The 12 Steps of The Lean StartUp Business Plan
[toc]One of the biggest problems that business owners and entrepreneurs often face is creating a successful business plan that suits your project. Today I want to talk about The Lean StartUp. For those of you who aren’t familiar with this and are thinking “what the heck is this nut job talking about?” let me introduce you to Eric Ries, the author of this entrepreneurial innovative business plan methodology. Eric is one of the founders of IMVU, a chat software with game characteristic 3d features. The project that gave birth to the Lean StartUp plan.
After facing a lot of “failures” and obstacles when developing IMVU, Eric started to give from and birth to the Lean Startup.
You often here me talk about “continuous innovation” or “validated learning”, well, these are terms that I starting applying to my own start-ups and businesses. I eat and sleep with this business plan; simply because
it has gave me such a clear view of everything that I was doing wrong, and that I was wrong to think that some ideas were just “to big” for my budget. Let me tell you something, NO IDEA IS TO BIG FOR YOU, after you read and understand what The Lean Startup provides you with.
The main idea (dangerous affirmation I’m about to make to resume such a big methodology) is that any business idea or entrepreneurial project (start-up) can be achieve by launching a “seed” project an M.V.P. (Minimum Viable Product) and start testing, learning, improving, pivoting, scaling, testing again, so on and so forth. It seams pretty straight forward right? the main concept is (but there’s much more to it than just that).
Most people think “oh, I couldn’t possibly create that idea” Well, actually you could,It all depends on how basic you launch your M.V.P. and start scaling. Don’t wait until your whole idea is fulfill for launching day; What if you were wrong and people don’t like your product? You would have spent thousands of dollars on development only to find out that your final product is not well received by your audience. The way to go is “you launch first you create later”.
Up next I want to share with you a resume of the basic 12 steps that contemplate The Lean Startup. Obviously I couldn’t write the whole detailed idea because it would take me as long as it took Eric Ries to create it and I would infringe copyrights.
The 12 Steps:
1. Starting Your Business Idea
Startups face a great deal of uncertainty; the long-established principles of management are not suited for dealing with that or for fostering innovation. Starting a business in the current economic climate requires a lean startup business plan that addresses the uncertainties that you will face as an entrepreneur. This plan will prepare you to manage the unexpected via a process of building, measuring and learning. Having such a process will help you avoid the perils that most startups face. Advances in technology have provided us with improved capabilities for production; however, many startups have doomed themselves to failure because they lack a disciplined and scientific approach to early-stage venture management. The failures result in jobs being lost and the rapid fall from grace of hopeful, widely publicized ventures. A lean startup business plan should address all areas of a business that is still in its early stages. The areas include the conception and development of a product as well as the measurement of progress and the structure of the organization. As an entrepreneur, you will have to determine if the market wants what you are selling.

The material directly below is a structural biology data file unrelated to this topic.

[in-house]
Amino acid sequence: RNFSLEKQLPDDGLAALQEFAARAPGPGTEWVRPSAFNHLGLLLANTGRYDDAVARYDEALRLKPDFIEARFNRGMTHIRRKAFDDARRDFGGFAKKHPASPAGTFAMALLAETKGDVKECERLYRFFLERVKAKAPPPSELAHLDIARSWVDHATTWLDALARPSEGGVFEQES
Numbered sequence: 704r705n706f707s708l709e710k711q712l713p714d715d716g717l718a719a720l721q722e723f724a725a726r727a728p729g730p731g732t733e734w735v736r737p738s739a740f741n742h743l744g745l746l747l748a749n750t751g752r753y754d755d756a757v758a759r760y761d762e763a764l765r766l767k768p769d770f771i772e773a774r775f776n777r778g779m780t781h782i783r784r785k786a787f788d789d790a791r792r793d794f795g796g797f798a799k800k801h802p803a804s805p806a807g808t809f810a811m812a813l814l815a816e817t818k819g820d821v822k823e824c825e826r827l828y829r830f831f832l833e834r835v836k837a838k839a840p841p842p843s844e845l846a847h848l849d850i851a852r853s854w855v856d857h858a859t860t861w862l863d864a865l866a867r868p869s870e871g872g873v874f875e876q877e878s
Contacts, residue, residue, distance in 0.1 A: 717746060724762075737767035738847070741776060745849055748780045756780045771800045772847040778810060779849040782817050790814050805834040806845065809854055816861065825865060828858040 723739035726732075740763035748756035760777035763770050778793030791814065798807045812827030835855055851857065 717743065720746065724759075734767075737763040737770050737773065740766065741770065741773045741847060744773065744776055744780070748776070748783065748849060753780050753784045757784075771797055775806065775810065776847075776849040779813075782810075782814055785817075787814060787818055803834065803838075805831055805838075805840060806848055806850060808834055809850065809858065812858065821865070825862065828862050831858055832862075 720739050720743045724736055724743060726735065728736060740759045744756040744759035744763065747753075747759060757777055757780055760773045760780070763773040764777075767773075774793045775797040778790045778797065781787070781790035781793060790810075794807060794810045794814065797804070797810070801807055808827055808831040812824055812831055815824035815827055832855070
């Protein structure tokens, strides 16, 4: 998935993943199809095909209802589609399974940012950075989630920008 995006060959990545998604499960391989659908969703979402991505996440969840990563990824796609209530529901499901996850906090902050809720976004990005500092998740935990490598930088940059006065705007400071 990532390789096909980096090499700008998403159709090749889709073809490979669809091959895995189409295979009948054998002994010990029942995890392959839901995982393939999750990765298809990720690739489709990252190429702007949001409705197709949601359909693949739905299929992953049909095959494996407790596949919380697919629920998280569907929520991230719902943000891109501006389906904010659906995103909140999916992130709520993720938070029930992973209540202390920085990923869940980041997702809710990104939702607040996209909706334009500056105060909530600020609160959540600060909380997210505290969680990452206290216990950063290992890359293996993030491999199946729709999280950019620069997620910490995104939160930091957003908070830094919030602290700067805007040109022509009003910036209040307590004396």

2. Defining Your Vision
The cultivation of entrepreneurship is one of the duties of an organization’s senior management. The management needs to be geared towards the uncertain environment in which the business is being developed; the management must be able to guide a product from the idea stage to the production stage in light of the uncertainty that enshrouds their venture. The “define” stage in the lean startup business plan is the one in which you develop your vision. The strategy you implement will be a result of this vision, as a means of furthering it. Your business strategy will itself involve numerous elements including research on the marketplace you intend to serve, in addition to assessments of the competition you will face. The building, measuring and learning will come after you develop your vision and your strategy. The strategy that is implemented will most likely be altered as a result of your measurements and what you learn from them, but the vision will always remain the same.
The learning does not stop at the point that you develop your business idea. You will also need to learn how to make it work in the real world, how to get it to move from the conceptual stage to where it is a working product. It will be necessary to understand which parts of your lean startup business plan are actually beneficial to your goals and which are not. This is essential to determining whether your company succeeds or fails. Both those who have invested money in your operation and the employees who are trusting you to lead them to success are depending on you for this. This learning means that you have to face facts about your organization’s prospects and honestly assess the results of your business strategy. All startups have their origins in an environment of uncertainty, that is just the nature of the game; your goal should be to find demonstrable, empirical truths about your business to reduce that uncertainty. These truths will govern the way your business is as well as the way it should move forward into the future.
4. Experimenting With Your Business Idea
You cannot learn anything if you do not experiment; everything a startup does amounts an experiment. Experimentation in this context is more than just blindly tossing out ideas to see what works. As in science, experimenting in business involves testing theories in the real world. The theories you test are those that come from your vision and what you have learned. You test various elements of your lean startup business plan with real customers in the marketplace to see if they can work. This kind of testing gives you real information that you can use to make concrete business decisions. That real information could not be acquired without practical experimentation. Your experiments may confirm all of your beliefs and allow you to move forward with certainty, knowing that you have a good handle on the way the market functions and what it demands. On the other hand, it may shock you to the point where you completely change your business model based on the new data. The key is to be open to both things and be ready to incorporate all new findings into the way you operate.